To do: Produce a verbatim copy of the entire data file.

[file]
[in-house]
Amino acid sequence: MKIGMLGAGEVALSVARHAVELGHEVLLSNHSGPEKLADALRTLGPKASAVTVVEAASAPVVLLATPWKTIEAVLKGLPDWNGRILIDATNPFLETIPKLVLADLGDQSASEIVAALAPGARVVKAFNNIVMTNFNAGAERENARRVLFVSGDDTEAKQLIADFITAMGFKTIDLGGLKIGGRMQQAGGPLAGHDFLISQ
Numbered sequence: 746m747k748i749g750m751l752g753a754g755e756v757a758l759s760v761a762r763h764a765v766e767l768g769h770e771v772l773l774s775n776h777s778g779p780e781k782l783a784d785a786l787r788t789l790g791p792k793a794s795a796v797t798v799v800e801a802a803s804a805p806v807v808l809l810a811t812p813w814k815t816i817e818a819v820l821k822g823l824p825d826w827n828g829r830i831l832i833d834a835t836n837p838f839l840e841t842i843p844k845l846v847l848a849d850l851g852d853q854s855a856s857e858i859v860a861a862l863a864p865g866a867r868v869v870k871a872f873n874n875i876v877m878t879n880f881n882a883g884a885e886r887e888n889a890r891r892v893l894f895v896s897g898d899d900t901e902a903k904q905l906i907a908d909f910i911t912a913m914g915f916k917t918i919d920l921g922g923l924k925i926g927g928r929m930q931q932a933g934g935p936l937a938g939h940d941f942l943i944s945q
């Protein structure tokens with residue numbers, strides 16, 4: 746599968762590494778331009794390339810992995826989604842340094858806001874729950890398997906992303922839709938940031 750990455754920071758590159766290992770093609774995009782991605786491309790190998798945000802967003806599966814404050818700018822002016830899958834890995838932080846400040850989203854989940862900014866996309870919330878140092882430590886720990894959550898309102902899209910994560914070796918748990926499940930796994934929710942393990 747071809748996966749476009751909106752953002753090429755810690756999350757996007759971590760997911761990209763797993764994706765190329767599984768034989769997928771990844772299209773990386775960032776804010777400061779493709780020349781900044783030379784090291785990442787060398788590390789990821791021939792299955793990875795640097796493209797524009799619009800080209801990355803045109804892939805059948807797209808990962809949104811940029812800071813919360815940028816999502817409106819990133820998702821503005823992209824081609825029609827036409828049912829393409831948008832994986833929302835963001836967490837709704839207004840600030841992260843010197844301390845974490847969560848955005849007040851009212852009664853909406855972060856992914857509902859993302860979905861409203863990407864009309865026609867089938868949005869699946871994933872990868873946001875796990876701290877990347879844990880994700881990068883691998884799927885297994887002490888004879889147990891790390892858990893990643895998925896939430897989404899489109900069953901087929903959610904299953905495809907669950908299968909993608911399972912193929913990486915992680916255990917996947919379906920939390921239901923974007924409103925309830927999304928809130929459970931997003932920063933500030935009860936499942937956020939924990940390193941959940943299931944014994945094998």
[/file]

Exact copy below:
[in-house]
Amino acid sequence: MKIGMLGAGEVALSVARHAVELGHEVLLSNHSGPEKLADALRTLGPKASAVTVVEAASAPVVLLATPWKTIEAVLKGLPDWNGRILIDATNPFLETIPKLVLADLGDQSASEIVAALAPGARVVKAFNNIVMTNFNAGAERENARRVLFVSGDDTEAKQLIADFITAMGFKTIDLGGLKIGGRMQQAGGPLAGHDFLISQ
Numbered sequence: 746m747k748i749g750m751l752g753a754g755e756v757a758l759s760v761a762r763h764a765v766e767l768g769h770e771v772l773l774s775n776h777s778g779p780e781k782l783a784d785a786l787r788t789l790g791p792k793a794s795a796v797t798v799v800e801a802a803s804a805p806v807v808l809l810a811t812p813w814k815t816i817e818a819v820l821k822g823l824p825d826w827n828g829r830i831l832i833d834a835t836n837p838f839l840e841t842i843p844k845l846v847l848a849d850l851g852d853q854s855a856s857e858i859v860a861a862l863a864p865g866a867r868v869v870k871a872f873n874n875i876v877m878t879n880f881n882a883g884a885e886r887e888n889a890r891r892v893l894f895v896s897g898d899d900t901e902a903k904q905l906i907a908d909f910i911t912a913m914g915f916k917t918i919d920l921g922g923l924k925i926g927g928r929m930q931q932a933g934g935p936l937a938g939h940d941f942l943i944s945q
């Protein structure tokens with residue numbers, strides 16, 4: 746599968762590494778331009794390339810992995826989604842340094858806001874729950890398997906992303922839709938940031 750990455754920071758590159766290992770093609774995009782991605786491309790190998798945000802967003806599966814404050818700018822002016830899958834890995838932080846400040850989203854989940862900014866996309870919330878140092882430590886720990894959550898309102902899209910994560914070796918748990926499940930796994934929710942393990 747071809748996966749476009751909106752953002753090429755810690756999350757996007759971590760997911761990209763797993764994706765190329767599984768034989769997928771990844772299209773990386775960032776804010777400061779493709780020349781900044783030379784090291785990442787060398788590390789990821791021939792299955793990875795640097796493209797524009799619009800080209801990355803045109804892939805059948807797209808990962809949104811940029812800071813919360815940028816999502817409106819990133820998702821503005823992209824081609825029609827036409828049912829393409831948008832994986833929302835963001836967490837709704839207004840600030841992260843010197844301390845974490847969560848955005849007040851009212852009664853909406855972060856992914857509902859993302860979905861409203863990407864009309865026609867089938868949005869699946871994933872990868873946001875796990876701290877990347879844990880994700881990068883691998884799927885297994887002490888004879889147990891790390892858990893990643895998925896939430897989404899489109900069953901087929903959610904299953905495809907669950908299968909993608911399972912193929913990486915992680916255990917996947919379906920939390921239901923974007924409103925309830927999304928809130929459970931997003932920063933500030935009860936499942937956020939924990940390193941959940943299931944014994945094998």